By Holly Johnson and Laura Martinson
As the snow is falling and our holiday lights are going up, we are reflecting on the potential this season brings for our community to shine. The Washington Post recently ran an article about what it will take for New York City to come back economically and socially from COVID 19. Broadway and Times Square are huge components of New York’s economy, and are “profoundly intertwined with other amenities, like restaurants and hotels, being back in full swing.” While travelers are essential for full recovery, a New York destination marketing executive was quoted: “We really need New Yorkers to help us rebuild the city.”
Many Juneau residents have experienced New York’s theater and entertainment firsthand. One of the most visited attractions in the world, Times Square, is a major intersection of arts, entertainment, retail and hospitality businesses for locals and visitors alike. Patrons contribute billions of dollars to the economy through theater and musical tickets, hotel rooms, dining, and shopping. What comparisons can we find between our sweet town to NYC?
Our local businesses rely on Juneauites as well as visitors of all kinds: independent travelers, legislators, conference attendees, regional residents and cruise passengers. Think of Juneau’s local businesses downtown (from museums and restaurants to shops, and cultural experiences), as very similar to Broadway’s 41 theatres and the surrounding attractions. Each provides a unique local and visitor experience and helps spur spending in other industries.
And just like Times Square employs scores of actors, directors, designers, stage managers, choreographers, lighting and sound crews, stage hands, ticket-takers and ushers, Juneau’s diverse downtown economy employs hundreds of locals as artists, culinary entrepreneurs, accountants, baristas, hoteliers, retail clerks, wait staff, bartenders and more. All of these jobs are important.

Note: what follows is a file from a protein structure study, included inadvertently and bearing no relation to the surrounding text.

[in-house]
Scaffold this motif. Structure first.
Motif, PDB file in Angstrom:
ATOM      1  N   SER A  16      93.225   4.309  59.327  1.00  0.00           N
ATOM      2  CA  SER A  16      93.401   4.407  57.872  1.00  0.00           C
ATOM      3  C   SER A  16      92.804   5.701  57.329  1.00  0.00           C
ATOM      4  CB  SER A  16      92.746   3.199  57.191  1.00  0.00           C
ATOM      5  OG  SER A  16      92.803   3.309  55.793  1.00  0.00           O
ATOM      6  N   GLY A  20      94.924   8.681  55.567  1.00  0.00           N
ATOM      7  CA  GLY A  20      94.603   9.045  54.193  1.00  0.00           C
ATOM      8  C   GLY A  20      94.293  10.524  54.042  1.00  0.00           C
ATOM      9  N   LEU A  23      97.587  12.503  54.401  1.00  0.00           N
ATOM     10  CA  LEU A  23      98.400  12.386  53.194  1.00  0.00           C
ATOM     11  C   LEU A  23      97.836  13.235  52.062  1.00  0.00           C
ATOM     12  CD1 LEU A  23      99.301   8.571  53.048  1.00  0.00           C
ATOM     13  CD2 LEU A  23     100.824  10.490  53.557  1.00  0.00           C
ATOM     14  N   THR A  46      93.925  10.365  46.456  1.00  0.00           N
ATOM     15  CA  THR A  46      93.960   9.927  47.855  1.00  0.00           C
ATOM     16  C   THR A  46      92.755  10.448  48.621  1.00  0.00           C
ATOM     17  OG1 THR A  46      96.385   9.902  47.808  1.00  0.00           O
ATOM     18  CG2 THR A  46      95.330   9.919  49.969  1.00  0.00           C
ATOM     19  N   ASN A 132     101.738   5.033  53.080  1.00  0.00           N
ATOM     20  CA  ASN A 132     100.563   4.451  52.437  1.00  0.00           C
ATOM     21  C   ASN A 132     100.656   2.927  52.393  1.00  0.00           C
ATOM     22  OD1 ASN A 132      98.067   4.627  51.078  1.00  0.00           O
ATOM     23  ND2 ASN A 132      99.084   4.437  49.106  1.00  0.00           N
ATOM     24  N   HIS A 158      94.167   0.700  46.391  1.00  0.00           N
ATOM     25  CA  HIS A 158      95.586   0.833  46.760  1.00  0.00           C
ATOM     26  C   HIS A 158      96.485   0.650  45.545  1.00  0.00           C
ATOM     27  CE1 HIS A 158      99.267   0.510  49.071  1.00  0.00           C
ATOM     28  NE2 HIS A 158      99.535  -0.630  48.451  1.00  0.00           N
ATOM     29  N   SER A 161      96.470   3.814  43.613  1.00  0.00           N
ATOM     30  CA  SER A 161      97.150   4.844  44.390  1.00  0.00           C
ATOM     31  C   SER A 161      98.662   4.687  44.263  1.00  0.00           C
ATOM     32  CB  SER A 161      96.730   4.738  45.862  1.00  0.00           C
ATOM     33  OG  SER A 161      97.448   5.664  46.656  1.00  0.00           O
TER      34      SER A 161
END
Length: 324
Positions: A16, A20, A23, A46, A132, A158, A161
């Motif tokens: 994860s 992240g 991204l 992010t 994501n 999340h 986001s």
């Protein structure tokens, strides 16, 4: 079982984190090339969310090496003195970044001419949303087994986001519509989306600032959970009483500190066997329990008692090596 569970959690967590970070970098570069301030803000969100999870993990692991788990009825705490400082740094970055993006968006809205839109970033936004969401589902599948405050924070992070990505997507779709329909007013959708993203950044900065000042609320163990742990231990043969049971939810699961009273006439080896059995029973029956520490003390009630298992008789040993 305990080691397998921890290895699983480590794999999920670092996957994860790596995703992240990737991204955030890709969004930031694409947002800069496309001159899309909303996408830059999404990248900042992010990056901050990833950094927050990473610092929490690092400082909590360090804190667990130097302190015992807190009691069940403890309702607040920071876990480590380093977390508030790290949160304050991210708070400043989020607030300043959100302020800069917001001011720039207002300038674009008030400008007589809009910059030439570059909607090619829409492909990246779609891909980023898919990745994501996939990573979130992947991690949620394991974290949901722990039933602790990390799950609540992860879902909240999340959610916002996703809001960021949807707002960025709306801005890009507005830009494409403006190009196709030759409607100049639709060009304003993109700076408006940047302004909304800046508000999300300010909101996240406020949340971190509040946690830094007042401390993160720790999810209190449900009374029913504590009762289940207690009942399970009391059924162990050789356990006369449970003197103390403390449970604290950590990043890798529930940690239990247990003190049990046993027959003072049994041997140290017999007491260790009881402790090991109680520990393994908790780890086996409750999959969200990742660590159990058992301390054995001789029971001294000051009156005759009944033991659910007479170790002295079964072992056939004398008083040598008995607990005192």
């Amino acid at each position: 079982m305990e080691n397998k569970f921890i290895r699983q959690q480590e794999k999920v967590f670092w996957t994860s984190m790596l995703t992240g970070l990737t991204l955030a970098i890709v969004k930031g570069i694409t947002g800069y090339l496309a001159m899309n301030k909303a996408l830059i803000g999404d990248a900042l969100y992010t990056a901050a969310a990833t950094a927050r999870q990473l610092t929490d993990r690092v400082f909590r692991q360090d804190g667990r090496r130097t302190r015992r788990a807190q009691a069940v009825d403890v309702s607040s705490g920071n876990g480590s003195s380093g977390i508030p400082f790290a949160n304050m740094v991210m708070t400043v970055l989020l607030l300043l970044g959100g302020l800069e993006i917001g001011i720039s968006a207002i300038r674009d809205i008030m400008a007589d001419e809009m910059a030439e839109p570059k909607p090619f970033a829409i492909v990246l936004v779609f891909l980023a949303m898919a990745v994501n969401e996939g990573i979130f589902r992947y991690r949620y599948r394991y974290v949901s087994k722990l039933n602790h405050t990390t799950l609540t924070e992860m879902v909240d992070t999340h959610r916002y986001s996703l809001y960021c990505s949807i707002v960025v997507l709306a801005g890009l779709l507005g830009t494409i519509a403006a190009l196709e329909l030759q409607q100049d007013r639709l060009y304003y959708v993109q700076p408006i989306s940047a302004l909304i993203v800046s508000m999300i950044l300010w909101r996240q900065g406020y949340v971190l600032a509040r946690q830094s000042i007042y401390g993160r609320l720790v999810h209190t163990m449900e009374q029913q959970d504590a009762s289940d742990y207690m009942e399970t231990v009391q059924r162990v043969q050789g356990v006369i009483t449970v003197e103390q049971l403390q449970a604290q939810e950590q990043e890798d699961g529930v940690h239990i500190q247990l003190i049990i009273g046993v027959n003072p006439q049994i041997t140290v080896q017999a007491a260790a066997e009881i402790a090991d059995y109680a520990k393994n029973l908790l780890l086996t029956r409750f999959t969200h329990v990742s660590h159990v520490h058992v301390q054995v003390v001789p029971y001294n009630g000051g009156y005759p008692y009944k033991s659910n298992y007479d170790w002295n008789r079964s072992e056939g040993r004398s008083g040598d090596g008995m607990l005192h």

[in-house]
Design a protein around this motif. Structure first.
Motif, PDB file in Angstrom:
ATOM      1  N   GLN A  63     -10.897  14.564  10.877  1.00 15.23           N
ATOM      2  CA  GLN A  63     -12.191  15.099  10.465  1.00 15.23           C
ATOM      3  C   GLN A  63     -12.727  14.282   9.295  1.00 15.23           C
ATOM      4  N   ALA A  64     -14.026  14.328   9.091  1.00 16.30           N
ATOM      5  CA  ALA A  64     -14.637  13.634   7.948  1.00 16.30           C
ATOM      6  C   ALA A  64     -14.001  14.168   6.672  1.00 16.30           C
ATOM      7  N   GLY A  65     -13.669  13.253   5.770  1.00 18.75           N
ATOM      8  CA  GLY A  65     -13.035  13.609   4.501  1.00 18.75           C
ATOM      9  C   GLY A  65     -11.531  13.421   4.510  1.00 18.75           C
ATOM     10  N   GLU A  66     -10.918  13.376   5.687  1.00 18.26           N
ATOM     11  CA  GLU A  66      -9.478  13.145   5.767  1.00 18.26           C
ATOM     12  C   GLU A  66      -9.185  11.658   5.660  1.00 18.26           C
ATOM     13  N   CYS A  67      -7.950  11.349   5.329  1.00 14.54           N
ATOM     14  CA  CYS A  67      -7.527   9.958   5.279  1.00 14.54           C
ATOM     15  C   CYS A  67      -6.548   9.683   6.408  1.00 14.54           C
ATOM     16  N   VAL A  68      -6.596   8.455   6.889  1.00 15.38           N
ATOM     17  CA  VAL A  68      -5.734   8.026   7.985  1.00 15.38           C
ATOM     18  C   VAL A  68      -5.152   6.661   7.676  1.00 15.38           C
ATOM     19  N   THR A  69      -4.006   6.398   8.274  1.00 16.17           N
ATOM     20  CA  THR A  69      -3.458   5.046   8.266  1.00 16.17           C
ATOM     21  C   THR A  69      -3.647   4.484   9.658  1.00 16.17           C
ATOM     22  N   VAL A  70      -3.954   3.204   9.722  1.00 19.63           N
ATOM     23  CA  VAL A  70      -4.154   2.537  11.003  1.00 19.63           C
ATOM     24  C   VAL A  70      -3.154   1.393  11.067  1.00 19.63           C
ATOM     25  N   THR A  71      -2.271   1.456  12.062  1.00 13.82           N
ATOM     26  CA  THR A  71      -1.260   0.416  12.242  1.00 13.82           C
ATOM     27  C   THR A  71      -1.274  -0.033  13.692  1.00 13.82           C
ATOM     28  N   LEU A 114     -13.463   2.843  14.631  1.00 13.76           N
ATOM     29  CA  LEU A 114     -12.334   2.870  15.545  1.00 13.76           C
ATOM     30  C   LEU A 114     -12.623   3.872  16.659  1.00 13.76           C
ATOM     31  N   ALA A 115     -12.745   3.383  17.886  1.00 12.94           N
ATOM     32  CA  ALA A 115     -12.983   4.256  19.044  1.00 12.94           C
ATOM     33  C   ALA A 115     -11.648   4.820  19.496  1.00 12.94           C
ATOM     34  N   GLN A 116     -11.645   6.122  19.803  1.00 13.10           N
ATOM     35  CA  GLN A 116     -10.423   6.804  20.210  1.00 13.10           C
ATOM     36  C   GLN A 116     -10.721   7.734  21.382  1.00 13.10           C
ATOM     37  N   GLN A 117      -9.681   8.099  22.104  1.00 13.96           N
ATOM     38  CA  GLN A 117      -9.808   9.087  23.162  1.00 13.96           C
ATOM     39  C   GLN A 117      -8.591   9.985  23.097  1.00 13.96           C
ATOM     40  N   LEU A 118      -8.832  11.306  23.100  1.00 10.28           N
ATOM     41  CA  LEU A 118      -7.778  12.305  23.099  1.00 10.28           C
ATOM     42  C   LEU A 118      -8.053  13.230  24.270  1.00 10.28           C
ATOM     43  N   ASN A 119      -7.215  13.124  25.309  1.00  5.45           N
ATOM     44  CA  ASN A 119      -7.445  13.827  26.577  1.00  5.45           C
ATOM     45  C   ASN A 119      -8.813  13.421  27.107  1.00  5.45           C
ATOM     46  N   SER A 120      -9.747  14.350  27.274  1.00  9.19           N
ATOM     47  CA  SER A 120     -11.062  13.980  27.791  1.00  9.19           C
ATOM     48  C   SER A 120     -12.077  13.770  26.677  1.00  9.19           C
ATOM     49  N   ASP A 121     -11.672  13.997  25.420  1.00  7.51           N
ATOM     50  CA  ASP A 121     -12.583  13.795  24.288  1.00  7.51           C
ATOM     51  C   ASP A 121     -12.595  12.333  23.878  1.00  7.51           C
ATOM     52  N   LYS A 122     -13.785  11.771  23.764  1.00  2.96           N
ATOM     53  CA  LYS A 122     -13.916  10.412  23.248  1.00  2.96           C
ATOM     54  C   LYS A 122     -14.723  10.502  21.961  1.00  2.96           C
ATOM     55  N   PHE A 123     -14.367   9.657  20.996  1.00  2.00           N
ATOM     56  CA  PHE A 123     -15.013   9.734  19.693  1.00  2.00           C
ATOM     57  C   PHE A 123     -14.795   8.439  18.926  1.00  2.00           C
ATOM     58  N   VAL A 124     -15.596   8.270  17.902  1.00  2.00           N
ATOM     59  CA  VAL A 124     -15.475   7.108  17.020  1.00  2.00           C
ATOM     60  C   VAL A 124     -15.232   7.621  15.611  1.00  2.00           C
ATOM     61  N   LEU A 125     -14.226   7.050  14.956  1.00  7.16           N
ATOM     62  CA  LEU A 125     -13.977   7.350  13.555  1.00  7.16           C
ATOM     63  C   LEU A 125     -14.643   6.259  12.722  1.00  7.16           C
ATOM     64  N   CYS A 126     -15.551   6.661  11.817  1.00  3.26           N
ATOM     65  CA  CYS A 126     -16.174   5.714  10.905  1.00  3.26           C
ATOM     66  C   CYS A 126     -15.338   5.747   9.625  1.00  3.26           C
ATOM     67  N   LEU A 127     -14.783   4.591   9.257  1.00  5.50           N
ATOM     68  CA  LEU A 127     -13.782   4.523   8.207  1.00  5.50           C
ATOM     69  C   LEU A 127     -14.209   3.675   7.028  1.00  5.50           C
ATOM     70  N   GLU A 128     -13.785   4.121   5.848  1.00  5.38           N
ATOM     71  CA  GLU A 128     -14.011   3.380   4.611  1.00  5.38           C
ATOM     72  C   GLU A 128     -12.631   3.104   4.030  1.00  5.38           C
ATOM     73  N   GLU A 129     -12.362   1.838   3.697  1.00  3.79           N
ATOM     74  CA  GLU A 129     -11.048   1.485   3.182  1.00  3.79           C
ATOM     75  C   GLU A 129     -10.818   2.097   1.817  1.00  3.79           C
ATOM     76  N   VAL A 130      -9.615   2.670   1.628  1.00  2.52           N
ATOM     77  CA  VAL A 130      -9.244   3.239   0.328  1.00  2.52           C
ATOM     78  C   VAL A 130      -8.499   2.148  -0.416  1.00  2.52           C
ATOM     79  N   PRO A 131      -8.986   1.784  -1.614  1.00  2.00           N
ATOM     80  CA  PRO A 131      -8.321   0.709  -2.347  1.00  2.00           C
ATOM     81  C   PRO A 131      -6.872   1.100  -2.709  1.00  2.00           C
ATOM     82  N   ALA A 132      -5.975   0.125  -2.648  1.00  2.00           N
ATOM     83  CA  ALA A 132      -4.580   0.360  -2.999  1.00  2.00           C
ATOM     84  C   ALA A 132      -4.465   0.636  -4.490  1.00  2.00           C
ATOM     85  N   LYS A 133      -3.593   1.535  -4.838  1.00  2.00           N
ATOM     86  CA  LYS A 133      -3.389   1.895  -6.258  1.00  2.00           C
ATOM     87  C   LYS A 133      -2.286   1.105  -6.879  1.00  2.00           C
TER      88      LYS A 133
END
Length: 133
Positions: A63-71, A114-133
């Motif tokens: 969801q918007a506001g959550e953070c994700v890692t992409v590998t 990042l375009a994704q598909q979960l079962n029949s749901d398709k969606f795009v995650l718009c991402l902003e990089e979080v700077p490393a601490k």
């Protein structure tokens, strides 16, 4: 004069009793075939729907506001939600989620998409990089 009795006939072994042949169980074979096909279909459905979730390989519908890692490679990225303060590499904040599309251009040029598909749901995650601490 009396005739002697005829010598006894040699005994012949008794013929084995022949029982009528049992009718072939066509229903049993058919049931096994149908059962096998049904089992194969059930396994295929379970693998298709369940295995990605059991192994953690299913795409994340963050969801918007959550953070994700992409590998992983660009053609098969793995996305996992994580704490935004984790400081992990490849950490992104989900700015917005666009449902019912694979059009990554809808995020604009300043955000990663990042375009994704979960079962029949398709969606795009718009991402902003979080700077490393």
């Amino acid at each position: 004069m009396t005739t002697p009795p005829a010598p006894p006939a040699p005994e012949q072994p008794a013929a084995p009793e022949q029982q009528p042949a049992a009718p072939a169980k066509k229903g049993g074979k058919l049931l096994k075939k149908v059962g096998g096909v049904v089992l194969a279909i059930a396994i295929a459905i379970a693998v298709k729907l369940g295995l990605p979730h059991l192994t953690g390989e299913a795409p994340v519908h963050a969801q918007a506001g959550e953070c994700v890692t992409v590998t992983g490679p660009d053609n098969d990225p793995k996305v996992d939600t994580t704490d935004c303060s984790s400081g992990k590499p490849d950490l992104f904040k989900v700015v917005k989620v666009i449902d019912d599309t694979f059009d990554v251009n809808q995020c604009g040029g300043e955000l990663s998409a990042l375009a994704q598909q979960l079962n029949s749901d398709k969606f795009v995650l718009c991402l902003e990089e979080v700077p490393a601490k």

Our challenges are similar. The National Endowment for the Arts is distributing CARES funding to arts organizations across the country to help them survive. Juneau’s visitor and hospitality businesses have tapped into local, state, and federal recovery assistance wherever possible. Yet, it is only a small patch. Employers are forced to restructure and hang on until we can welcome back our visitors on cruise ships, planes and ferries.
No matter where you fit into the local economy, the confidence that your public leaders are working to restore your livelihood is paramount. Since the onset of the pandemic our Assembly has risen to meet the challenges our community has faced, and supported local businesses when we needed it most. Our vibrant downtown core is cherished by locals, sustained by visitors and with the loss of our visitor industry this year, we need local support now more than ever. Whether you welcome Juneau’s cruise visitors or not, locals certainly appreciate the local businesses reliant on them and what that means to the fabric of our economy. Without visitors so many of the businesses we love wouldn’t survive. You certainly don’t have to be a “tourism business” to have tourism provide a core of your bottom line. Countless beloved local business downtown depend on visitors to sustain them so they may also serve locals. This year has made it devastatingly apparent how much of an impact visitor spending has on our treasured downtown district.
Like New York City, we need residents to act now and support the many restaurants, shops, and arts organizations in our downtown neighborhoods. The loss of Juneau Public Market and Gallery Walk symbolizes the losses in our “Times Square.” This holiday season downtown businesses are providing safe and creative ways to shop, dine and celebrate local. We encourage everyone to show their love of our community and our neighbors, and find the safest way to support these local businesses. We ask Assembly members to be an example by dining out (or taking out) and starting your holiday shopping early and with local businesses, and be loud about it across all media platforms. Perhaps this is an opportunity for a “look local” campaign with our municipal leaders at the helm. With all of us working together (while staying far apart), we can make this holiday season in Juneau a joyous one to remember.
• Holly Johnson is a shareholder and president of Wings Airways, which was founded in 1982; and co-owner and vice president of Bear Creek Outfitters, which was founded in 1995. Laura Martinson is a lifelong Juneauite and owner of Caribou Crossings, which was founded in 1998. Columns, My Turns and Letters to the Editor represent the view of the author, not the view of the Juneau Empire. Have something to say? Here’s how to submit a letter to the editor or My Turn.